• Elbow Arthroscopy
  • Arthritis Management
    (Rheumatoid Arthritis, Osteoarthritis)
  • Wrist Arthroscopy
  • Tendon Transfers
  • Hand Infections
  • Hand, Wrist & Elbow Trauma
  • Microvascular Surgery
  • Sports Injury Managementof the Hand, Wrist and Elbow
  • Performing Arts Medicine
  • Fingertip Injuries

News

  • A light touch: Embedded optical sensors could make robotic hands more dexterous

    Source: Science Daily

    Optical sensors may be uniquely suited for use in robotic hands, according to researchers who have developed a three-fingered soft robotic hand with multiple embedded fiber optic sensors. They also have created a new type of stretchable optical sensor.

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  • Head, elbow injuries occur most often in tricycle accidents

    Source: Healio

    The most common tricycle-related injuries incurred by children are lacerations and internal organ damage to the head and fractures of the elbow, according to recent research in Pediatrics.

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  • What constitutes good treatment of tennis elbow?

    Source: Medical Xpress

    The two most common treatments for tennis elbow are physiotherapy and cortisone injections. It is unclear which of these gives the best result, and diagnosis can be problematic for general practitioners. Now researchers at teh University of Oslo have taken a closer look at the treatment methods.

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  • Philadelphia surgeons perform world s first bilateral hand transplant on a child

    Source: Healio

    The first pediatric bilateral hand transplant was recently performed by surgeons at The Children’s Hospital of Philadelphia in collaboration with colleagues from Penn Medicine.

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  • Tiny mechanical wrist gives new dexterity to needlescopic surgery

    Source: Science Daily

    A mechanical wrist less than 1/16th of an inch thick -- small enough to use in needlescopic surgery, the least invasive form of minimally invasive surgery -- has been created by scientists. Needlescopic surgery, which uses surgical instruments shrunk to the diameter of a sewing needle, is the ultimate form of minimally invasive surgery. The needle-sized incisions it requires are so small that they can be sealed with surgical tape and usually heal without leaving a scar.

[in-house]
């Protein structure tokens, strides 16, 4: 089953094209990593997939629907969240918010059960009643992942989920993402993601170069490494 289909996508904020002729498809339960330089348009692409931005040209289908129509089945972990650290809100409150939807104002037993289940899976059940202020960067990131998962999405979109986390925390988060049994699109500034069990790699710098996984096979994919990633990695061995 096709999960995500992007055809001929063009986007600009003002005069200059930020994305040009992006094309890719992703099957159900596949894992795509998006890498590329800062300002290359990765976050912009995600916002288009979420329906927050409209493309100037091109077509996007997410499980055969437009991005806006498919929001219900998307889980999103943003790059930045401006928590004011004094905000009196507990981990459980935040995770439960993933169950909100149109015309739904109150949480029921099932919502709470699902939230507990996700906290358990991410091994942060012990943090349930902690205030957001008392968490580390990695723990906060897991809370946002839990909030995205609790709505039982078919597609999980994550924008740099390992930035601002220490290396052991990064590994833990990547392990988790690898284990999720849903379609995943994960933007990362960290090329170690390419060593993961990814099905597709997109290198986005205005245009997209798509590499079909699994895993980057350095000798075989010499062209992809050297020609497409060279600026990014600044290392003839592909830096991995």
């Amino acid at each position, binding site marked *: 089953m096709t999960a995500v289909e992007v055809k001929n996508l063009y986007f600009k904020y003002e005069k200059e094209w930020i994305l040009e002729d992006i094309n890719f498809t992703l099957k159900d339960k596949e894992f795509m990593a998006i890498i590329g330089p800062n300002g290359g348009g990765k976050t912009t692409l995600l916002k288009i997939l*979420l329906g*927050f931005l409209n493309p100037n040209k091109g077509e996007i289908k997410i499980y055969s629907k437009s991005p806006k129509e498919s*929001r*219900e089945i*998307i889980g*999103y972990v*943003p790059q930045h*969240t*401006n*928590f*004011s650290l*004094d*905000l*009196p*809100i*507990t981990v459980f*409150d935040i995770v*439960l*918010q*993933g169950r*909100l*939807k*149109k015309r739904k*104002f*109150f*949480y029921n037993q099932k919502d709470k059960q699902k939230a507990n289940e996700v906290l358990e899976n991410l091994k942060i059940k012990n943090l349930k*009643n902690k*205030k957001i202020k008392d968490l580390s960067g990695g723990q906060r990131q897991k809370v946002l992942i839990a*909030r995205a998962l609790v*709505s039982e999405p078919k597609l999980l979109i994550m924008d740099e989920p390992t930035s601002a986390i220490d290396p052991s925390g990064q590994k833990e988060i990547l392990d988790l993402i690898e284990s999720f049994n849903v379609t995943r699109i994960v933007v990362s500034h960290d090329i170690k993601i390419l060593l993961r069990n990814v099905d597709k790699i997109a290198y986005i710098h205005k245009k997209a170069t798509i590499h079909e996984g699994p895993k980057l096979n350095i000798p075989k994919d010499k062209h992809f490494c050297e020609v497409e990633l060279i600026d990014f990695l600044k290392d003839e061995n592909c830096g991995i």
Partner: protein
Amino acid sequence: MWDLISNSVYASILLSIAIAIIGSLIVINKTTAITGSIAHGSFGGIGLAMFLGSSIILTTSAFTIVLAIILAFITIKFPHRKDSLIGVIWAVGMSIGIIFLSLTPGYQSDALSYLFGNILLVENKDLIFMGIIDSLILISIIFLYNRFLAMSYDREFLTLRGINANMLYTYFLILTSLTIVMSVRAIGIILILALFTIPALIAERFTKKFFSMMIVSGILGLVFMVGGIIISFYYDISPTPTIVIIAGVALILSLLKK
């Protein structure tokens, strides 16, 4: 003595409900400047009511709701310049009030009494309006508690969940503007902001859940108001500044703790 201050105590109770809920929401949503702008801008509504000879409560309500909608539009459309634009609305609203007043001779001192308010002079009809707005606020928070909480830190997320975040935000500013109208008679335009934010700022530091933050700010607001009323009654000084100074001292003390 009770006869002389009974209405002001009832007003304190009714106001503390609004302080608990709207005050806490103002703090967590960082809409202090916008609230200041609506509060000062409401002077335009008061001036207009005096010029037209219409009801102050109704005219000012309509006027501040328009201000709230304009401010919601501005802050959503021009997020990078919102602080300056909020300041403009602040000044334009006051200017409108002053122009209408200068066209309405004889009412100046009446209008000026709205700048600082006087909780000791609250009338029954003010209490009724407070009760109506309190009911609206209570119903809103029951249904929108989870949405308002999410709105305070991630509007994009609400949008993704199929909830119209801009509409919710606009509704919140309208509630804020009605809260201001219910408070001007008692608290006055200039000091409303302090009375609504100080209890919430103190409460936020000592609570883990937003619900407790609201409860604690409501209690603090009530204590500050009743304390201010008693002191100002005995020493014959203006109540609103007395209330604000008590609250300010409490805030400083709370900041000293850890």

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  • Tommy John surgeries increasing for youth athletes

    Source: Medical News Today

    Surgeries related to overuse elbow injuries, i.e. Tommy John Surgery, are more common among youth athletes than previously believed, according to research presented at the American Orthopaedic Society for Sports Medicine's (AOSSM) Annual Meeting in Orlando, Florida.

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  • Swiss researchers evaluate fetal progenitor tenocytes for repairing tendon injuries

    Source: Medical Xpress

    Tendon injuries, especially those acquired while engaging in sports, are not easily healed due to the fibrous nature of tendon tissues which transmit forces from muscle to bone and protect surrounding tissues against tension and compression. Tendon injuries to wrists, knees, elbows and rotator cuffs, often from over use when playing golf or tennis, are increasingly common for both professional and amateur athletes ("weekend warriors") alike.

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  • Young baseball players could benefit from preseason arm injury prevention programs

    Source: Medical News Today

    Preseason prevention programs are beneficial to young baseball pitchers, according to research presented at the American Orthopaedic Society for Sports Medicine's (AOSSM) Specialty Day. The study, the first to analyze a well-monitored preseason training program, showed numerous arm flexibility and strength improvements in participating athletes that could ultimately diminish the risk of injuries.

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  • AAOS recommends a multi-faceted approach to diagnosing carpal tunnel syndrome

    Source: Medical Xpress

    New guidelines approved by the American Academy of Orthopaedic Surgeons (AAOS) Board of Directors recommend the collective use of a thorough patient history and specific physical examination maneuvers, in addition to observation and specific diagnostic tests to more definitively diagnose carpal tunnel syndrome (CTS), a common source of hand numbness and pain affecting approximately 3 million Americans—primarily women—each year.

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  • Researchers identify a new cause of inherited neuropathy

    Source: Medical Xpress

    Charcot-Marie-Tooth Disease (CMT) is a family of inherited disorders of the peripheral nervous system, affecting approximately one in 2,500 Americans. Its most common iteration, CMT1, comes in many forms, most of which have to date been linked to a small set of causative genes. New research from the department of Neurology at the Perelman School of Medicine at the University of Pennsylvania and the Children's Hospital of Philadelphia recently spanned the globe to uncover a new genetic cause of CMT1. Their findings are published online this week in Brain.

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